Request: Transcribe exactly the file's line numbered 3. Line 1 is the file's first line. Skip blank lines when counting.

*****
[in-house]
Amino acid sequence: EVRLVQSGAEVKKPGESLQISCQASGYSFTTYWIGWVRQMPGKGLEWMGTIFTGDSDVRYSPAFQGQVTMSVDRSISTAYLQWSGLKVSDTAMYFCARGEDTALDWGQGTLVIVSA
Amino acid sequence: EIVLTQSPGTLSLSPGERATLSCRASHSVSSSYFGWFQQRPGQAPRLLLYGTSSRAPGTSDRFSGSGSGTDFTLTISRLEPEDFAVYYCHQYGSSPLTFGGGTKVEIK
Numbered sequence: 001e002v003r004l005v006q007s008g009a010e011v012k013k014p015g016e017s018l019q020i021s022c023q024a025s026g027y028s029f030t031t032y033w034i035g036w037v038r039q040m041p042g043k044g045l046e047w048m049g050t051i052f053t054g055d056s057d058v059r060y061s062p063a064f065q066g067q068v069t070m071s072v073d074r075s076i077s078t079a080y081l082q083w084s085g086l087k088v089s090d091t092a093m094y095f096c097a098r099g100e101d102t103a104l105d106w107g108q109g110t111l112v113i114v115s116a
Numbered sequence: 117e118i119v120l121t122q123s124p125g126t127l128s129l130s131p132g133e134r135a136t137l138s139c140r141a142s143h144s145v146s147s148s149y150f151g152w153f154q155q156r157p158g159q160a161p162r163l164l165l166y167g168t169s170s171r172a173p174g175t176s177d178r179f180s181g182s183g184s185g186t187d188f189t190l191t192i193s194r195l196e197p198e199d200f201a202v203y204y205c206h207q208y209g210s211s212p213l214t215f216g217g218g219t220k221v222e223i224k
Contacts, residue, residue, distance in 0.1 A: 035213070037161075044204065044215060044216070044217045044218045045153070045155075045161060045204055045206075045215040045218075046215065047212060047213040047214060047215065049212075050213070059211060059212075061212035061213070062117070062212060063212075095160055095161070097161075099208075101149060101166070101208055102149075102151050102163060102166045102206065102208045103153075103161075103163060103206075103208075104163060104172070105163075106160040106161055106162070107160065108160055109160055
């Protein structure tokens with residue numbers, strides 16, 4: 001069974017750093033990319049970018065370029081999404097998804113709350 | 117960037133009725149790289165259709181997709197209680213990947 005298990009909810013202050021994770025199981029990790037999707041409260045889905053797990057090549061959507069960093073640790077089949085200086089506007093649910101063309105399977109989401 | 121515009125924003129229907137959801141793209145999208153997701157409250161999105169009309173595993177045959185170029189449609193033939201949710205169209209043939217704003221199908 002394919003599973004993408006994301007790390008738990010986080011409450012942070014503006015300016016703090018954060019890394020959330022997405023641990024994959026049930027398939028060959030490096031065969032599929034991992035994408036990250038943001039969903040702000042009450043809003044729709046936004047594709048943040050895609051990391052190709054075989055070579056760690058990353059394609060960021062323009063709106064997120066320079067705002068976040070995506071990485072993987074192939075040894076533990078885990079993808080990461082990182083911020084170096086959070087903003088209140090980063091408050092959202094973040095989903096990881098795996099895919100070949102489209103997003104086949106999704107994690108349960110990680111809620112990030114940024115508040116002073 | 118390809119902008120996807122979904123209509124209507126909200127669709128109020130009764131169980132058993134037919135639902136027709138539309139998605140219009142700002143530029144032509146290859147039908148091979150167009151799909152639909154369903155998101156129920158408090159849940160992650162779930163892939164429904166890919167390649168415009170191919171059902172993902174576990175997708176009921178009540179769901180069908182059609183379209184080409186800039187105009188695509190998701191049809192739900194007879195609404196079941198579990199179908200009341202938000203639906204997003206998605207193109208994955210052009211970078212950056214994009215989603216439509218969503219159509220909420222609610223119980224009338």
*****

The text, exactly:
Amino acid sequence: EIVLTQSPGTLSLSPGERATLSCRASHSVSSSYFGWFQQRPGQAPRLLLYGTSSRAPGTSDRFSGSGSGTDFTLTISRLEPEDFAVYYCHQYGSSPLTFGGGTKVEIK